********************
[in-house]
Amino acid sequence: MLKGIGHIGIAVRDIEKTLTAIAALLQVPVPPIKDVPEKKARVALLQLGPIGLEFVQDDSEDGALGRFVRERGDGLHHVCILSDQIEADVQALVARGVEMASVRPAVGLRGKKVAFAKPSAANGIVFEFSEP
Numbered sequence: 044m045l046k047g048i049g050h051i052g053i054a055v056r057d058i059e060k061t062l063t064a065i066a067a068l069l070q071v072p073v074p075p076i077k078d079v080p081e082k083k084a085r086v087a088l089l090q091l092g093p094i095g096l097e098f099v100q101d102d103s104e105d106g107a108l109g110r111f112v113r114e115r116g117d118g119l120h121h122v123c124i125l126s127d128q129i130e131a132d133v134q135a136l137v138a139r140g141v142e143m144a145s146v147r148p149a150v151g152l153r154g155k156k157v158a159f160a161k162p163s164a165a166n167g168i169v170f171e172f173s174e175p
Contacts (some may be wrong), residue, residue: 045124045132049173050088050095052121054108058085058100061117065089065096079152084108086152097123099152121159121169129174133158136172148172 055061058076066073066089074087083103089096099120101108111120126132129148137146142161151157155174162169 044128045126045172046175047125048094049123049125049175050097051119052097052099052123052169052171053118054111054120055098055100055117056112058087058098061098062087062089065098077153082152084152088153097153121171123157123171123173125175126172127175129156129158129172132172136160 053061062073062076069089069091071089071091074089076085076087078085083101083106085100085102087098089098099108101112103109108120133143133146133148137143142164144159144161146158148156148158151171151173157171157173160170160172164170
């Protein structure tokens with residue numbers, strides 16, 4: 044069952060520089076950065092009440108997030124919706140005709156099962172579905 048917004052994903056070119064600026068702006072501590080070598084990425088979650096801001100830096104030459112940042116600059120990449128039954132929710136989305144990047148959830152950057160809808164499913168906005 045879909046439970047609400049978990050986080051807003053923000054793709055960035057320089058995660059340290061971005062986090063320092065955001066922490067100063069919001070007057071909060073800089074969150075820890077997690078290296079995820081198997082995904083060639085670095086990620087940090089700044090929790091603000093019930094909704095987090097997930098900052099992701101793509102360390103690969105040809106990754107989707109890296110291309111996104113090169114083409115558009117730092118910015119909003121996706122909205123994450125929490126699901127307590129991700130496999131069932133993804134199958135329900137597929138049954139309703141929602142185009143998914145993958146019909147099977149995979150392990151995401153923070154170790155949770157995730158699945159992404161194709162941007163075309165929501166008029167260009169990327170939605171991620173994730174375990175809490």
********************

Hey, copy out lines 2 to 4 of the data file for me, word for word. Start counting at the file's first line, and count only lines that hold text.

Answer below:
Amino acid sequence: MLKGIGHIGIAVRDIEKTLTAIAALLQVPVPPIKDVPEKKARVALLQLGPIGLEFVQDDSEDGALGRFVRERGDGLHHVCILSDQIEADVQALVARGVEMASVRPAVGLRGKKVAFAKPSAANGIVFEFSEP
Numbered sequence: 044m045l046k047g048i049g050h051i052g053i054a055v056r057d058i059e060k061t062l063t064a065i066a067a068l069l070q071v072p073v074p075p076i077k078d079v080p081e082k083k084a085r086v087a088l089l090q091l092g093p094i095g096l097e098f099v100q101d102d103s104e105d106g107a108l109g110r111f112v113r114e115r116g117d118g119l120h121h122v123c124i125l126s127d128q129i130e131a132d133v134q135a136l137v138a139r140g141v142e143m144a145s146v147r148p149a150v151g152l153r154g155k156k157v158a159f160a161k162p163s164a165a166n167g168i169v170f171e172f173s174e175p
Contacts (some may be wrong), residue, residue: 045124045132049173050088050095052121054108058085058100061117065089065096079152084108086152097123099152121159121169129174133158136172148172 055061058076066073066089074087083103089096099120101108111120126132129148137146142161151157155174162169 044128045126045172046175047125048094049123049125049175050097051119052097052099052123052169052171053118054111054120055098055100055117056112058087058098061098062087062089065098077153082152084152088153097153121171123157123171123173125175126172127175129156129158129172132172136160 053061062073062076069089069091071089071091074089076085076087078085083101083106085100085102087098089098099108101112103109108120133143133146133148137143142164144159144161146158148156148158151171151173157171157173160170160172164170